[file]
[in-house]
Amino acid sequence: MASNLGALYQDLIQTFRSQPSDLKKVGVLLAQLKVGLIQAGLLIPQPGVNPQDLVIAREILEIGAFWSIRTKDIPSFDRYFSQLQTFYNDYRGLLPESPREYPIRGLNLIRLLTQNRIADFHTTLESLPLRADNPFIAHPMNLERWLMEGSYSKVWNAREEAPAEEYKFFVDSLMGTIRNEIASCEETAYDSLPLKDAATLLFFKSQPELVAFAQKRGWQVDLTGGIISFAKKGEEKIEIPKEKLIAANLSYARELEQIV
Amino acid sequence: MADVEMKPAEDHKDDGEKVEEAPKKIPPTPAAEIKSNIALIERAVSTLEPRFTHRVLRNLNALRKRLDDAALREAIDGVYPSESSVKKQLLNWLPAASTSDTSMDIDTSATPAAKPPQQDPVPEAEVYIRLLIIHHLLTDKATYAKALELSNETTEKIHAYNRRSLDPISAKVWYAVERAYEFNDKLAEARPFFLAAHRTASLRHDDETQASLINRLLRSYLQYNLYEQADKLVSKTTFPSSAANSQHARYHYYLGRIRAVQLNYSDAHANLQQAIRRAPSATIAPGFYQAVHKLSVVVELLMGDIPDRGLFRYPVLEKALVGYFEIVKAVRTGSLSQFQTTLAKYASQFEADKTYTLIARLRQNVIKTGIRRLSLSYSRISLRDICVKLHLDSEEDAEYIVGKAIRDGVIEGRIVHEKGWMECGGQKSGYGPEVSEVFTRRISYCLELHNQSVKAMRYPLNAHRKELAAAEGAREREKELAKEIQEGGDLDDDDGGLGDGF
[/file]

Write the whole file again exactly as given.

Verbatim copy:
[in-house]
Amino acid sequence: MASNLGALYQDLIQTFRSQPSDLKKVGVLLAQLKVGLIQAGLLIPQPGVNPQDLVIAREILEIGAFWSIRTKDIPSFDRYFSQLQTFYNDYRGLLPESPREYPIRGLNLIRLLTQNRIADFHTTLESLPLRADNPFIAHPMNLERWLMEGSYSKVWNAREEAPAEEYKFFVDSLMGTIRNEIASCEETAYDSLPLKDAATLLFFKSQPELVAFAQKRGWQVDLTGGIISFAKKGEEKIEIPKEKLIAANLSYARELEQIV
Amino acid sequence: MADVEMKPAEDHKDDGEKVEEAPKKIPPTPAAEIKSNIALIERAVSTLEPRFTHRVLRNLNALRKRLDDAALREAIDGVYPSESSVKKQLLNWLPAASTSDTSMDIDTSATPAAKPPQQDPVPEAEVYIRLLIIHHLLTDKATYAKALELSNETTEKIHAYNRRSLDPISAKVWYAVERAYEFNDKLAEARPFFLAAHRTASLRHDDETQASLINRLLRSYLQYNLYEQADKLVSKTTFPSSAANSQHARYHYYLGRIRAVQLNYSDAHANLQQAIRRAPSATIAPGFYQAVHKLSVVVELLMGDIPDRGLFRYPVLEKALVGYFEIVKAVRTGSLSQFQTTLAKYASQFEADKTYTLIARLRQNVIKTGIRRLSLSYSRISLRDICVKLHLDSEEDAEYIVGKAIRDGVIEGRIVHEKGWMECGGQKSGYGPEVSEVFTRRISYCLELHNQSVKAMRYPLNAHRKELAAAEGAREREKELAKEIQEGGDLDDDDGGLGDGF